Colombia to Decriminalize Ecstasy, Meth
Photo Credit: SHUTTERSTOCK.COM
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Currently in Colombia, people are not prosecuted for the possession of small amounts of marijuana and cocaine. She said the proposal would extend that protection to users of synthetic drugs like methamphetamine and ecstasy.
"The proposal aims to standardize the amount of drugs already permitted, while also allowing an equivalent quantity of synthetic drugs," she said. "We have to accept that Colombia is a consumer country -- this is also our reality -- and being a consumer country, we can't just throw drug users in jail, but we must look after them. I don't see the risk in establishing a personal use amount of synthetic drugs, since we are only trying to clarify things to achieve treatment for addicts and users, not to send them to prison."
Colombian constitutional court rulings have established a right to possess personal use amounts of drugs, but the government has not established what those personal use amounts of synthetic drugs are. The advisory commission will do that. The government of President Santos has also embarked on a more than rhetorical shift toward a public health approach to drug use, and Correa emphasized that in her remarks.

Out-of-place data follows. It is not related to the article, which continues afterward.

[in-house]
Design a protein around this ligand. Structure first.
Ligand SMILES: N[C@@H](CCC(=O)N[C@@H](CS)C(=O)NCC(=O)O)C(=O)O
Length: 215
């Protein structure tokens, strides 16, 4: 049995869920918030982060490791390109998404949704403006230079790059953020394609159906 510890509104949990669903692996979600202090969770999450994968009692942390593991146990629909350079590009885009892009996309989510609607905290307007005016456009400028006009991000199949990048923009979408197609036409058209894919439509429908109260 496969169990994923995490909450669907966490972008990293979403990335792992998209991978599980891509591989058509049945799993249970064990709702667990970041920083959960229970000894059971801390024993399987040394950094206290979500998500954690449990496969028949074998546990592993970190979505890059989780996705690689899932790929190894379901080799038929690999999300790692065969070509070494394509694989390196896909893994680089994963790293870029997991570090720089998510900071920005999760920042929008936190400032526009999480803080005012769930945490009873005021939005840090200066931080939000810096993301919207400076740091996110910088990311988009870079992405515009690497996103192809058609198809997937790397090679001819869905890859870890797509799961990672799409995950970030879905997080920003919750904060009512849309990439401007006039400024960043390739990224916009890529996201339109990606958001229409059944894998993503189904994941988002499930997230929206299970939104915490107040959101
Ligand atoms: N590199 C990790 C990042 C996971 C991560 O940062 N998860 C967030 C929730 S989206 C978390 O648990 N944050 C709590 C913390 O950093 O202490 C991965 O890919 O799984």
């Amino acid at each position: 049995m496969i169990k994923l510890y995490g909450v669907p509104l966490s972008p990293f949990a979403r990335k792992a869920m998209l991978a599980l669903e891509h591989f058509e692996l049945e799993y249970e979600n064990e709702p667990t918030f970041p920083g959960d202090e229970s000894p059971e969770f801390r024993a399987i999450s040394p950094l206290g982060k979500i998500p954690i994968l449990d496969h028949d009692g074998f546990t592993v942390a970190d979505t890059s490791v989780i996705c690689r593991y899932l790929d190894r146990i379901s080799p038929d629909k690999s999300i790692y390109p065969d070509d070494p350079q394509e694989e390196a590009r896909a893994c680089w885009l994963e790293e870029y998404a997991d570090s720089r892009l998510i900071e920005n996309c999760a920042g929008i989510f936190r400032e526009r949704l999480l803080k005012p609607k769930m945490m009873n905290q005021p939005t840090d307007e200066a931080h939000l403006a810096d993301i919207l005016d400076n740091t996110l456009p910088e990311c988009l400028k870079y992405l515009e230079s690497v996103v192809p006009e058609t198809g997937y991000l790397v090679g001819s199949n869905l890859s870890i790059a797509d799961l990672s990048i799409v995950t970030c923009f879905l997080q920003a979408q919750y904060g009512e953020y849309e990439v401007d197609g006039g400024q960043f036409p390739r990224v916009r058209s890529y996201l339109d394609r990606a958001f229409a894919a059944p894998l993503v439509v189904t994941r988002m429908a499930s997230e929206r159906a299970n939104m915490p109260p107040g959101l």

"We are convinced that drug policy should be designed with a holistic approach, involving families, the education system, the public health specialists, development practitioners and community leaders," she said.
Not everyone agrees with the move. Former President Alvaro Uribe, who tried repeatedly to undo those Colombian court rulings legalizing drug possession, came out swiftly against including the synthetics.
"With this personal use amount, what they are doing is validating the actions of the dealers and not taking them to prison, nor are they taking the addicts to the hospital," he complained. Decriminalizing the synthetics would only "further enslave the youth and drug more assassins to kill more people," he claimed.